Monday Miscellany

There are a couple of sad stories about well known authors to report:

But there is some good news about libraries and librarians:

State of America’s Libraries Report 2013

Libraries and library staff continue to respond to the needs of their communities, providing key resources as budgets are reduced, speaking out forcefully against book banning attempts and advocating for free access to digital content in libraries, with a keen focus placed on ebook formats. These and other library trends of the past year are detailed in the ALA’s 2013 State of America’s Libraries Report.

Librarians group calls for boycott to stop ‘erasure of Palestinian culture and history

We are an independent group of librarians and archivists who traveled to Palestine from June 23 – July 4, 2013. We come from the US, Canada, Sweden, Trinidad & Tobago, and Palestine. We bore witness to the destruction and appropriation of information, and the myriad ways access is denied. We were inspired by the many organizations and individuals we visited who resist settler-colonialism in their daily lives. We connected with colleagues in libraries, archives, and related projects and institutions, in the hopes of gaining mutual benefit through information exchange and skill-sharing.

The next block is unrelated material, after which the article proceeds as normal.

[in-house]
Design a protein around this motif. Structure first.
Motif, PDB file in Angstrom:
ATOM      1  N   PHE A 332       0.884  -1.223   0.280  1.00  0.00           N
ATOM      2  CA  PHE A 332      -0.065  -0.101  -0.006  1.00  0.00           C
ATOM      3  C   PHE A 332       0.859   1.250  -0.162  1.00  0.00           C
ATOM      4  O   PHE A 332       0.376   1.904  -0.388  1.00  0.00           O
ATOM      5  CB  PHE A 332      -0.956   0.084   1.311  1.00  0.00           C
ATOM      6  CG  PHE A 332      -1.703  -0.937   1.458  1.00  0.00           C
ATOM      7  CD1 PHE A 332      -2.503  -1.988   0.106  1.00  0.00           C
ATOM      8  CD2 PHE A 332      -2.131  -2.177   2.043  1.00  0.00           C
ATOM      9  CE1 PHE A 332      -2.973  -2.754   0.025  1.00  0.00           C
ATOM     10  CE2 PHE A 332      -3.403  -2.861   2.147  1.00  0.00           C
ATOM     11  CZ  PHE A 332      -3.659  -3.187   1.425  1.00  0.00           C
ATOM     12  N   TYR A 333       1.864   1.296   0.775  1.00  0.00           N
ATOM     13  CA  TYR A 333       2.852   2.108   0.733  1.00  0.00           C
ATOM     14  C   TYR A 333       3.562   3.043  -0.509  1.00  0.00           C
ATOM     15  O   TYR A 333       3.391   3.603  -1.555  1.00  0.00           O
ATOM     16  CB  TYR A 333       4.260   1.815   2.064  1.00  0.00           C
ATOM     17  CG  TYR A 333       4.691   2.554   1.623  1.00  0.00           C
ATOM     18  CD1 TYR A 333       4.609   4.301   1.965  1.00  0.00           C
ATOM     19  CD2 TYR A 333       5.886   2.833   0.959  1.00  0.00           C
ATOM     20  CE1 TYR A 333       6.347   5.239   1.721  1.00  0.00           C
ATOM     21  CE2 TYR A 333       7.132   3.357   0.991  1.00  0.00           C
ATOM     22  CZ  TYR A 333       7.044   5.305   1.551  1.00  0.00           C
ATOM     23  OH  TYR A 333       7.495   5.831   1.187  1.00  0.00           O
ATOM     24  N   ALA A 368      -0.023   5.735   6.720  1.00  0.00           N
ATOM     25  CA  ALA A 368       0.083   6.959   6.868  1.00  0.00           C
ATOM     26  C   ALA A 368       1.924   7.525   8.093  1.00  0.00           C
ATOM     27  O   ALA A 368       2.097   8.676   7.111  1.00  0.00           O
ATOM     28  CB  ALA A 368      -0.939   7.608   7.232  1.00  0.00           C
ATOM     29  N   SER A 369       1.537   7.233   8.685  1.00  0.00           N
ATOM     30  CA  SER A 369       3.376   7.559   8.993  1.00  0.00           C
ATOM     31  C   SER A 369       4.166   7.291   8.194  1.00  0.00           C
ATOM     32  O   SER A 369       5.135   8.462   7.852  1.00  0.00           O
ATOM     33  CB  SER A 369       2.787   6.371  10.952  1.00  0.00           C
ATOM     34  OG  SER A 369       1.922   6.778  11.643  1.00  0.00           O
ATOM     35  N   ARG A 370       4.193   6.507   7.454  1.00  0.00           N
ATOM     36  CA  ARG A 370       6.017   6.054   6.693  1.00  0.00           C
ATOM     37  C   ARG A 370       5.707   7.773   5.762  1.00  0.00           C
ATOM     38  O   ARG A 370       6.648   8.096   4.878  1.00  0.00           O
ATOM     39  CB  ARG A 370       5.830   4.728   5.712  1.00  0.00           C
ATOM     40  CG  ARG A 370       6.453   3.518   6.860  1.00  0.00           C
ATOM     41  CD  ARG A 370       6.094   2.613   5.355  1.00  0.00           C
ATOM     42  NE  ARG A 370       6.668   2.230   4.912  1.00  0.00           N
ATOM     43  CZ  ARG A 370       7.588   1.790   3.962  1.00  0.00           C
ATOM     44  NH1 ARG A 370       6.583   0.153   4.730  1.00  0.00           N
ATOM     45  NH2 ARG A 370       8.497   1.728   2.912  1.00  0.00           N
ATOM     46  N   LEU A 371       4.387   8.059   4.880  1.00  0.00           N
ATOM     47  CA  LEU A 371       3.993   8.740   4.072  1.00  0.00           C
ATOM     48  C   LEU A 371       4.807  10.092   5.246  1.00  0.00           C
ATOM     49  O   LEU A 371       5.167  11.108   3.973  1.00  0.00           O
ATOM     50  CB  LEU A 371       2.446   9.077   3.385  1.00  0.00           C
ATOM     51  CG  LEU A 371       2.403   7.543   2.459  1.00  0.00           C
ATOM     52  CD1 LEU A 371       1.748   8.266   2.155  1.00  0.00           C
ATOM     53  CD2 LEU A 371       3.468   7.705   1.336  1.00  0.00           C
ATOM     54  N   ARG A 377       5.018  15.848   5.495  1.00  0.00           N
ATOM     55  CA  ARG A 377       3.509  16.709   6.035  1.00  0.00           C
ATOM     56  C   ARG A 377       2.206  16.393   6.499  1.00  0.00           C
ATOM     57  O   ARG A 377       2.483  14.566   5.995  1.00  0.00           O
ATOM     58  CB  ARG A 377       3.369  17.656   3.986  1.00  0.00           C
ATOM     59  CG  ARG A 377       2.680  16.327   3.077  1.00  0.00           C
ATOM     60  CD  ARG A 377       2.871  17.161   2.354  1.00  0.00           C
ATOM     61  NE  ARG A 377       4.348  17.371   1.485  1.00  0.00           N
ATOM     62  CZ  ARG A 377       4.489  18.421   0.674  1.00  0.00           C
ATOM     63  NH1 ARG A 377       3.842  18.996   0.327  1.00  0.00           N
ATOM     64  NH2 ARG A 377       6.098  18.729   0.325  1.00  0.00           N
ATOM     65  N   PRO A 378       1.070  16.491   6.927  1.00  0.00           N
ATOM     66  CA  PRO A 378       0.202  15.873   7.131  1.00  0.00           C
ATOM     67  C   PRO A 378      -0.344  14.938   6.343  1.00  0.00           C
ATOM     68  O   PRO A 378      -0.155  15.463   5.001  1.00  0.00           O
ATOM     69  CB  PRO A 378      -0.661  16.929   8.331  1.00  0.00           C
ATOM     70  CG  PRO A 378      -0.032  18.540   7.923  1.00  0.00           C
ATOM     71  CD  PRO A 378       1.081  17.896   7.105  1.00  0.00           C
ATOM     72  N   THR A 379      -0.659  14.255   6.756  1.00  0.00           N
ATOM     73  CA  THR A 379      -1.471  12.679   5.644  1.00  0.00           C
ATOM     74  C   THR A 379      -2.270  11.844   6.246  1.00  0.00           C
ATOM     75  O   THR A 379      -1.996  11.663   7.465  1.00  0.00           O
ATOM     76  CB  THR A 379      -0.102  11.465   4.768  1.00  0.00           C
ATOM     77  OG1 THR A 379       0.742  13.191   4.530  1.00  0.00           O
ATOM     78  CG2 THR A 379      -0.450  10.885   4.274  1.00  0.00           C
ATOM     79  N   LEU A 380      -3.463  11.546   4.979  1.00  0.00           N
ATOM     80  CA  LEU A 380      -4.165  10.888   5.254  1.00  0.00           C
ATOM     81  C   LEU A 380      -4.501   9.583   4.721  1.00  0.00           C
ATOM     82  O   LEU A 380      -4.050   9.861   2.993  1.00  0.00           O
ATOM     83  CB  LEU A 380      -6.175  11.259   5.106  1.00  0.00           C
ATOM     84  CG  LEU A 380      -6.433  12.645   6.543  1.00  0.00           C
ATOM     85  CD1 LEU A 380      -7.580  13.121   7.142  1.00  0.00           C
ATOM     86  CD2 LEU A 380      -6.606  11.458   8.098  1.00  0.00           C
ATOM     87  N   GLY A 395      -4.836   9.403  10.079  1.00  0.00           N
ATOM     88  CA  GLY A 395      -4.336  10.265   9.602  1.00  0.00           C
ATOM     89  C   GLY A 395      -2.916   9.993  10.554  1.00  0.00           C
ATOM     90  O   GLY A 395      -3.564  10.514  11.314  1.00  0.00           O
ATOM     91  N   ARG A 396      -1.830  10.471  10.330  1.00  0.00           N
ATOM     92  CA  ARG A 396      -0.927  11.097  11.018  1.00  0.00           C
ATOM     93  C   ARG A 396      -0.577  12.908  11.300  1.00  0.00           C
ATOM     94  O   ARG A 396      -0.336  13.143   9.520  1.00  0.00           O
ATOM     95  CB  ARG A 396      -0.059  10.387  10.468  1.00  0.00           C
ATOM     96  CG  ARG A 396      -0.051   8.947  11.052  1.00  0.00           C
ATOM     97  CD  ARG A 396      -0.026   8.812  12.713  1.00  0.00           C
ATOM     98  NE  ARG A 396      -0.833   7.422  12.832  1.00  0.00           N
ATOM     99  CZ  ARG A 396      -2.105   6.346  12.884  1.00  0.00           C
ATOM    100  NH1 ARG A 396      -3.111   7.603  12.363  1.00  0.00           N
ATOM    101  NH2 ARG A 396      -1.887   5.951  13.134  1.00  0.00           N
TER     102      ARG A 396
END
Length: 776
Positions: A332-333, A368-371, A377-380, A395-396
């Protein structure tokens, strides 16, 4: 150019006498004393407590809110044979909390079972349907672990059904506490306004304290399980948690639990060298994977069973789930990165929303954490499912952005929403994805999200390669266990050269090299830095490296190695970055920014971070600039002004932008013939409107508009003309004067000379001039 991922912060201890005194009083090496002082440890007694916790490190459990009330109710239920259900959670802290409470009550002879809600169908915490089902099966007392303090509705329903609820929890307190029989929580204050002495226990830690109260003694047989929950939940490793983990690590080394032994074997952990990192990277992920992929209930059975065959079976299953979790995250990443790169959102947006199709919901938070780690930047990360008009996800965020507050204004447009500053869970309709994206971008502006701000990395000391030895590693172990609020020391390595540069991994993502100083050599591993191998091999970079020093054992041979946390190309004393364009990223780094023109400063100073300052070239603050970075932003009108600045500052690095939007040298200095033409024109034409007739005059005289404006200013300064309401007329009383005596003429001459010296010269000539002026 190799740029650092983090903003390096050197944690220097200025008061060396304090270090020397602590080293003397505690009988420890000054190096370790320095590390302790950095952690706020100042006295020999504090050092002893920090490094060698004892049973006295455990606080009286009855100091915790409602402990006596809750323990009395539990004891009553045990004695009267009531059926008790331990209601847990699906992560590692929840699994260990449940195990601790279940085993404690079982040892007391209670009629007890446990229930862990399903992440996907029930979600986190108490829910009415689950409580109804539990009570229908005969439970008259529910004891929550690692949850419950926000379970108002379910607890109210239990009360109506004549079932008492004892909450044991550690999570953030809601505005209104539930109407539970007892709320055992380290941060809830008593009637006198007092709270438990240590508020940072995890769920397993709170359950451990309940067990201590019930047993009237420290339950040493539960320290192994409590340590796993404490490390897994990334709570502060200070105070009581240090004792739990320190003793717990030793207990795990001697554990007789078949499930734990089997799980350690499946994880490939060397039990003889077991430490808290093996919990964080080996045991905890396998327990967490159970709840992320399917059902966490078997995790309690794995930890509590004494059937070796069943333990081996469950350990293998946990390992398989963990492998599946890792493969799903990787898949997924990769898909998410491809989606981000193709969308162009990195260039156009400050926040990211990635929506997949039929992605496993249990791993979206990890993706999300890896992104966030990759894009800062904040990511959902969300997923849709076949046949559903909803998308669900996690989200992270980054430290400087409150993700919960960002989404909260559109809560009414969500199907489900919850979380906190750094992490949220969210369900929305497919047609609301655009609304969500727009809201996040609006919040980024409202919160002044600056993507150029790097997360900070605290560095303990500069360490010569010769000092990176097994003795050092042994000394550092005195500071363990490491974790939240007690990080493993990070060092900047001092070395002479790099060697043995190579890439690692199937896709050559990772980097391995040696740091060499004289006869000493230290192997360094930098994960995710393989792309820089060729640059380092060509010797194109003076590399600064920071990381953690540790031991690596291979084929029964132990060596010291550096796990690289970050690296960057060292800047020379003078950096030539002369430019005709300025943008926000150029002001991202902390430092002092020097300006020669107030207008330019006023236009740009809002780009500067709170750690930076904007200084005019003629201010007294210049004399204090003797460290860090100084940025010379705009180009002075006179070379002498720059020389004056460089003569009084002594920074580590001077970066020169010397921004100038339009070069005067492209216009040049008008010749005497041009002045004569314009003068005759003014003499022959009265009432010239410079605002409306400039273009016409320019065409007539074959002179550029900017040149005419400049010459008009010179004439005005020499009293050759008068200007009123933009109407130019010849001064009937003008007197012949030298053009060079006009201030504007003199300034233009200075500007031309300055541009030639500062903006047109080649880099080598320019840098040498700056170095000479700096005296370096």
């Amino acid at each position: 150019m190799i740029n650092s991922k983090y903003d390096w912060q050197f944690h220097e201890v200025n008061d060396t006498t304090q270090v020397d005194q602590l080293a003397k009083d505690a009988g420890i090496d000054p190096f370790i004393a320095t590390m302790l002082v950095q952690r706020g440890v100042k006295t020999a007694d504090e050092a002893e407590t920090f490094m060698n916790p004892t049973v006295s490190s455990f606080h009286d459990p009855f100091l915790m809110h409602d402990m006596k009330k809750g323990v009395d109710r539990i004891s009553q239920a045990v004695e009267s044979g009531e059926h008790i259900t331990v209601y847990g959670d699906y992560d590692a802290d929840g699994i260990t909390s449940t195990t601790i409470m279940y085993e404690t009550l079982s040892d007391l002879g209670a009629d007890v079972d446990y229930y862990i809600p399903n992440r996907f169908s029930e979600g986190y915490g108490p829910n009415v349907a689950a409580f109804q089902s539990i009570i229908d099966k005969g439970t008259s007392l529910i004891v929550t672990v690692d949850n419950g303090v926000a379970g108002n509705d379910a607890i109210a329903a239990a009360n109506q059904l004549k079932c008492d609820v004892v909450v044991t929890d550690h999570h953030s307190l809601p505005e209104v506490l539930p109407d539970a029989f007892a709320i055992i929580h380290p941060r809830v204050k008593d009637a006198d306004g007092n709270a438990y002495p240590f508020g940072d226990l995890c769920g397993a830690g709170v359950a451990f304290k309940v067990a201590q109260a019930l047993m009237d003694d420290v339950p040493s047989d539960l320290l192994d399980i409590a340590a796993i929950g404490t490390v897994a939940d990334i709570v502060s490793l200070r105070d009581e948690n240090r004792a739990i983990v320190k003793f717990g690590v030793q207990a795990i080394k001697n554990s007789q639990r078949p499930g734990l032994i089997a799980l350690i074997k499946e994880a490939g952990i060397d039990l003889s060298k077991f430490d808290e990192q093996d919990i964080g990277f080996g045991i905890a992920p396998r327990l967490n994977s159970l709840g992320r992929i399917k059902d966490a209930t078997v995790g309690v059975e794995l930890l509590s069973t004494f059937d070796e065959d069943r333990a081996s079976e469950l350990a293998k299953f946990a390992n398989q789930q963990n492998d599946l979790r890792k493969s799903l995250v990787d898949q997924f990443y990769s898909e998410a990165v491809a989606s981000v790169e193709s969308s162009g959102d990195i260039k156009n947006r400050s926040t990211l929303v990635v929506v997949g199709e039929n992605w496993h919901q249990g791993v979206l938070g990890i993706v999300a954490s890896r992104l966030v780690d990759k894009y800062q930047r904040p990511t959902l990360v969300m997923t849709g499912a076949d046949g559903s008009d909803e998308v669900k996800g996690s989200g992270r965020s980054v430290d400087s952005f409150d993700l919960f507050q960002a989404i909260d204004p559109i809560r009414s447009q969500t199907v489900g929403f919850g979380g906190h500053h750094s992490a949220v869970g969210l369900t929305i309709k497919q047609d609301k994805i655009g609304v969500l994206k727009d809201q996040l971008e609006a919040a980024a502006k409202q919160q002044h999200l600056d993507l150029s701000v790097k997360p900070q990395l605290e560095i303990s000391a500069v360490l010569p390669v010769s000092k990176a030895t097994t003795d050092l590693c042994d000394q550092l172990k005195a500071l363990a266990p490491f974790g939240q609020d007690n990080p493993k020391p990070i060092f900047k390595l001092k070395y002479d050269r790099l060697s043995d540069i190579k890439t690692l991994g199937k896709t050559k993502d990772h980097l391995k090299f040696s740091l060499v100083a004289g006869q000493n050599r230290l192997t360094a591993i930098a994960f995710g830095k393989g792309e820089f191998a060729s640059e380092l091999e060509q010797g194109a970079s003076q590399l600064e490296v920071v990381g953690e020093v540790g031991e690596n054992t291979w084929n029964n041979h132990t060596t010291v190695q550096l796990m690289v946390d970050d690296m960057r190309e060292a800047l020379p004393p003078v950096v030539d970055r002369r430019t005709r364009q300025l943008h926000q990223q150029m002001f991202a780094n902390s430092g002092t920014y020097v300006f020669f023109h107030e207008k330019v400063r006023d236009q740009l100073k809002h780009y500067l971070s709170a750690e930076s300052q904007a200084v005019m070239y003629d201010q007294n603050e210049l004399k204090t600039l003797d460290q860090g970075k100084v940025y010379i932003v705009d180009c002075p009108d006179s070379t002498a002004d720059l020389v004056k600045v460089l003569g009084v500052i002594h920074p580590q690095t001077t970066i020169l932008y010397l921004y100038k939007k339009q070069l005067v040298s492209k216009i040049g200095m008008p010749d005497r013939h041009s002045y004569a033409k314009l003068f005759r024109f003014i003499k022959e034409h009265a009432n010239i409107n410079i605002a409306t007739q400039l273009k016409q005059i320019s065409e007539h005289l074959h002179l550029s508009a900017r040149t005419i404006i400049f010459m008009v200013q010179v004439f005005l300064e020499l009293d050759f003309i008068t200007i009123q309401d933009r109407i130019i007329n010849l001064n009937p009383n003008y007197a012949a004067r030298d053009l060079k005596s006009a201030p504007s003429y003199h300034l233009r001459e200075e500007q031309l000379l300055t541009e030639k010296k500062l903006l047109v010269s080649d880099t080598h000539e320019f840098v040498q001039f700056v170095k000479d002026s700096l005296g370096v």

Finally, Evan Gottlieb, Associate Professor of English at Oregon State University, describes the challenges and pleasures of reading novels with unreliable narrators:

We Will Be Fooled Again: The Strange Pleasures of Narrative Trickery

the unreliable narrator. This narrator almost always speaks to us in the first person, meaning she or he tells the story directly in her own voice and from her point of view. Traditionally, such narrators implicitly gain the reader’s trust quickly; when Jane Eyre, the title character of Charlotte Brontë’s classic Victorian novel from 1847, informs us on page 1 that “I never liked long walks, especially on chilly afternoons,” we have no reason to doubt her. Neither do we initially doubt the narrators’ words in Wuthering Heights (1847), the equally famous novel by Charlotte’s sister Emily. Unlike Jane, however, the more we hear from Mr. Lockwood and then Nelly Dean (whose “narration within a narration” occupies the novel’s central chapters), the more we come to wonder whether either of them truly understands the significance of the events they relate.